Lawmakers take issue with the importance of the qualifying payment amount (QPA) in the independent dispute resolution (IDR) process.
The House Ways and Means Committee is the latest group to call for changes to the No Surprises Act final rule, arguing that the QPA remains too big of a factor in the IDR process.
In a letter to HHS, the Department of Labor, and the Department of the Treasury, the leaders state they are "severely disappointed to find that the August 2022 final rule violates the No Surprises Act in the same ways as before."
The IDR process allows providers and insurers to enter into arbitration when they cannot agree on fair reimbursement. After the government released the interim final rule in 2021, the Texas Medical Association filed a lawsuit alleging the rule required arbitrators to heavily weigh the insurer-calculated QPA in deciding the rate. A federal judge ruled in favor of TMA in February before CMS released a revised final rule in August, which TMA once again challenged and other major medical associations criticized.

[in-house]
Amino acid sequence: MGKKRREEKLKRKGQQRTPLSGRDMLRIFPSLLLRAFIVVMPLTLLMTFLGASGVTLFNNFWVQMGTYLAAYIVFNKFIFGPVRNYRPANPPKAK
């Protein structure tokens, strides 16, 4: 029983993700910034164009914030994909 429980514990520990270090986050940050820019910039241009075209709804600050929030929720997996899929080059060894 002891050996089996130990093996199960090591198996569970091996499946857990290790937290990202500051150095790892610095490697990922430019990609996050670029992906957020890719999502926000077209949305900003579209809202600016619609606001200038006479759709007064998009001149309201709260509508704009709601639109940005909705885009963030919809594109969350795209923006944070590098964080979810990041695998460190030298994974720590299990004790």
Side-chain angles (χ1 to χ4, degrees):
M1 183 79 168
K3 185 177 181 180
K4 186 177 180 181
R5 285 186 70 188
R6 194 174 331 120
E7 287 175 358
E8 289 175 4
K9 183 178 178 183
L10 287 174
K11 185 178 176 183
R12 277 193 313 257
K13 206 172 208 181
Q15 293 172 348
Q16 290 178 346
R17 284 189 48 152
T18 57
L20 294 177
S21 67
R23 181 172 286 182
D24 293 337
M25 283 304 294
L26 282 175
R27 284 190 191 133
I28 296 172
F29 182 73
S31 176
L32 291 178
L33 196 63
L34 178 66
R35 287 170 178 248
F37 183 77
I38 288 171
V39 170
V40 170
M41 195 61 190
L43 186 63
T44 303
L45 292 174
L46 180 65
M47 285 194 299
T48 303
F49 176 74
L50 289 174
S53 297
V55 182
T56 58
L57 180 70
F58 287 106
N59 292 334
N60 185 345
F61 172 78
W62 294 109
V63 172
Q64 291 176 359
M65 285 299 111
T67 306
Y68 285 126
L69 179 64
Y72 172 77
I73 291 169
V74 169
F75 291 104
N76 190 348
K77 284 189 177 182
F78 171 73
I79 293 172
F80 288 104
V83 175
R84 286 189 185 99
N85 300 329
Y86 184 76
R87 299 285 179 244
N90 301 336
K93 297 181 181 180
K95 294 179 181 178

Specifically, the committee highlights in the letter the departments' creation of a 'double counting' test, which directs IDR entities to "consider whether the additional information is already accounted for in the QPA."
Lawmakers argue that while the No Surprises Act requires IDR entities to separately consider all of the statutory factors, the final rule prevents entities from considering factors like patient acuity and the item or service unless providers meet the burden of disproving double-counting within the QPA.
"As written, this perpetuates the flaws of the interim final rules and continues to unfaithfully implement the statutory text and intent of the law by skewing the determination of the IDR process toward the QPA," the committee writes.
To stay true to the "Congressional intent" of the No Surprises Act, the lawmakers ask the departments to swiftly adjust portions of the final rule by taking immediate steps.
Jay Asser is an associate editor for HealthLeaders.